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Editorial - (2016) Volume 2, Issue 1

The FAH Fold Meets the Krebs Cycle

Pidder Jansen-Duerr*, Haymo Pircher and Alexander Weiss

Institute for Biomedical Aging Research, Universität Innsbruck, Innsbruck, Austria

Corresponding Author:
Duerr PJ
Institute for Biomedical Aging Research
University ät Innsbruck, Rennweg 10, 6020 Innsbruck, Austria
Tel: 0043-512-58391944
Fax: 0043-512-5839198

Received date: March 23, 2016; Accepted date: March 28, 2016; Published date: April 01, 2016

Copyright: © 2016 Duerr PJ, et al. This is an open-access article distributed under the terms of the Creative Commons Attribution License, which permits unrestricted use, distribution, and reproduction in any medium, provided the original author and source are credited.

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The Krebs (or tricarboxylic acid, TCA) cycle forms a central junction in aerobic metabolism, being connectedto glycolysis, gluconeogenesis, fatty acid metabolism and amino acid metabolism (Figure 1). Pyruvate carboxylase (PC) catalyzes the carboxylation of pyruvate to form oxaloacetate, an important so-called anaplerotic reaction to provide a sufficient level of metabolites for the TCA cycle. The breakdown of oxaloacetate to pyruvate by oxaloacetate decarboxylases (ODx) is mainly known from prokaryotic organisms where two main variants of ODx enzymes are known: a membrane-bound variant that depends on sodium and biotin [1] and a soluble variant that depends on divalent cations [2]. Far less is known about ODx activity in mammalian organisms, apart from the promiscuous activity of some metabolic enzymes [3].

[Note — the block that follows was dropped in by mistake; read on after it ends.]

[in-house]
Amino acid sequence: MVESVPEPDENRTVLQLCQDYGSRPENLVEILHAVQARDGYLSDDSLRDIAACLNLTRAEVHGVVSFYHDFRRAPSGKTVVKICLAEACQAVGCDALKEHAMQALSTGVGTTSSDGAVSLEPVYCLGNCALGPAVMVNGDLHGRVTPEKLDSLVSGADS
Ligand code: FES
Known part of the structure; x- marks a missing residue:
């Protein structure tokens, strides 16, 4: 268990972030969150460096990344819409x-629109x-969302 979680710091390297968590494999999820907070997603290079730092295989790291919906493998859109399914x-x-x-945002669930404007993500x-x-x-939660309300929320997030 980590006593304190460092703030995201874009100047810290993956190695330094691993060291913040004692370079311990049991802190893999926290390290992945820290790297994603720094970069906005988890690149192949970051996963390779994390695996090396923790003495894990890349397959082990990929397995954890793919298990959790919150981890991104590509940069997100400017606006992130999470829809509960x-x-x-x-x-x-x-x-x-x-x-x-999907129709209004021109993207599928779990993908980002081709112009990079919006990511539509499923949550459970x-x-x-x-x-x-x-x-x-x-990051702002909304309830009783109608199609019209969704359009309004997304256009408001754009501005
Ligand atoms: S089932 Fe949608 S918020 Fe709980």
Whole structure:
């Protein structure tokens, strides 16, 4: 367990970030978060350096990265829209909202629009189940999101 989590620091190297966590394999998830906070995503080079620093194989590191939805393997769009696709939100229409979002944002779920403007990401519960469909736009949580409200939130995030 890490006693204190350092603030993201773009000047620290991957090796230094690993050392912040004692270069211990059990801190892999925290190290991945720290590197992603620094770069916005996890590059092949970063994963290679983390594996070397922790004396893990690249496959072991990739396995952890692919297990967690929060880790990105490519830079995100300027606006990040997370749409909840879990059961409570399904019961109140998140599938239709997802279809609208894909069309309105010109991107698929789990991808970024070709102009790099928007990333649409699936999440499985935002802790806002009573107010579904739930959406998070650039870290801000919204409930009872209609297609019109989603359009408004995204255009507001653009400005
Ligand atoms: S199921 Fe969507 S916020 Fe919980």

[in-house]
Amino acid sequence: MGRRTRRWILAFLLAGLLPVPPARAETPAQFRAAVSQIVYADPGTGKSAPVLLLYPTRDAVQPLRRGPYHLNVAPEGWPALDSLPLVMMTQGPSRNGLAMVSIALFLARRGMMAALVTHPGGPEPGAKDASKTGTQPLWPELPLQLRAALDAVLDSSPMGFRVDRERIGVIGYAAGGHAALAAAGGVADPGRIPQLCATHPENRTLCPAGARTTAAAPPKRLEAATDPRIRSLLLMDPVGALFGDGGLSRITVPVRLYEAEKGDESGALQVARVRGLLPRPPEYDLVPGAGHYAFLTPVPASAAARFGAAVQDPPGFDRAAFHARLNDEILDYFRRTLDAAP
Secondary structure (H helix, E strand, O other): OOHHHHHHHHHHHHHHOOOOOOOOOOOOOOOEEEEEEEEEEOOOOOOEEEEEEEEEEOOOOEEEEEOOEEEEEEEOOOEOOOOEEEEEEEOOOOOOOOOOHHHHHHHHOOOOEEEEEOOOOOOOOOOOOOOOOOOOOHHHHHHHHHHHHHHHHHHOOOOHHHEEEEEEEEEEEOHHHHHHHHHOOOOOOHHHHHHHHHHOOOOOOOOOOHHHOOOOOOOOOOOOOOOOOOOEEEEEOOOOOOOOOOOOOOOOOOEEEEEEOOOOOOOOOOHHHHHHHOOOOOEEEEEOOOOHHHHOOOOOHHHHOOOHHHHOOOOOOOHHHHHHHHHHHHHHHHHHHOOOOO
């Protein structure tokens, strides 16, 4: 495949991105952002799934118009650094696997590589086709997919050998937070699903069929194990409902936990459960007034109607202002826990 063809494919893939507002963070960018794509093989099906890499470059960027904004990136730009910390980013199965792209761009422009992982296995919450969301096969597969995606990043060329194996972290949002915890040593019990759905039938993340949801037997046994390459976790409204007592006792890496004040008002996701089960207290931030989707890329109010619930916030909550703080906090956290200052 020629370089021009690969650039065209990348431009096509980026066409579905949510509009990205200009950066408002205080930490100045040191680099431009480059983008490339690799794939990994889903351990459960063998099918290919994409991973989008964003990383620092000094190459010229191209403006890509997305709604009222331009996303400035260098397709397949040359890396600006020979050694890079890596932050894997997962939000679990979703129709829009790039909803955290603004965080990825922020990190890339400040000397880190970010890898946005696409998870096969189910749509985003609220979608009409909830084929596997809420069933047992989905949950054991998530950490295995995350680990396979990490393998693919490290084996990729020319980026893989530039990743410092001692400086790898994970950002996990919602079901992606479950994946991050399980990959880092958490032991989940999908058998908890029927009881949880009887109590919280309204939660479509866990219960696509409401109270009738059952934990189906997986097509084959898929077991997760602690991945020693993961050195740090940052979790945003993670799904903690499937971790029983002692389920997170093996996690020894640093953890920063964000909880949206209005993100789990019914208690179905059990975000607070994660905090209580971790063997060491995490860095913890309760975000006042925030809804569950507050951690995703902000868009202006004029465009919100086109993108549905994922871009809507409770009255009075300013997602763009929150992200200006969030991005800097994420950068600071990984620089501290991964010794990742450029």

Figure 1: The role of FAHD1 in the intermediate metabolism.

Many decades ago several reports about an ODx enzyme purified from extracts of rat liver mitochondria surfaced [4,3], but curiously enough the identity of such an enzyme was never clarified.

Until recently, members of the FAH family of enzymes were not known to be connected to the TCA cycle in any way. The eponymous FAH enzyme acts as a fumarylacetoacetate hydrolase, catalyzing the final step of the tyrosine breakdown [5]. Loss of this function causes hereditary tyrosinemia type I (HTI) in humans [6].

The prokaryotic realm provides a perplexingly large number of FAH type enzymes which, in spite of the structural similarity of their catalytic domains, collectively referred to as the FAH fold, catalyze a wide range of reactions [7]. They comprise hydrolases, isomerases, decarboxylases, hydratases and dehydratases, demonstrating the versatility of the FAH fold. Besides FAH itself, the only other members of the FAH superfamily present in mammalian organisms are FAHD1 (fumarylacetoacetate hydrolase domain containing protein 1) and FAHD2. Classification of their function has proven difficult due to the aforementioned spectrum of FAH fold activities. In a first study, the comparison of FAHD1's primary sequence with prokaryotic members of the FAH family led to the observation that FAHD1 exhibits acylpyruvate hydrolase activity [8].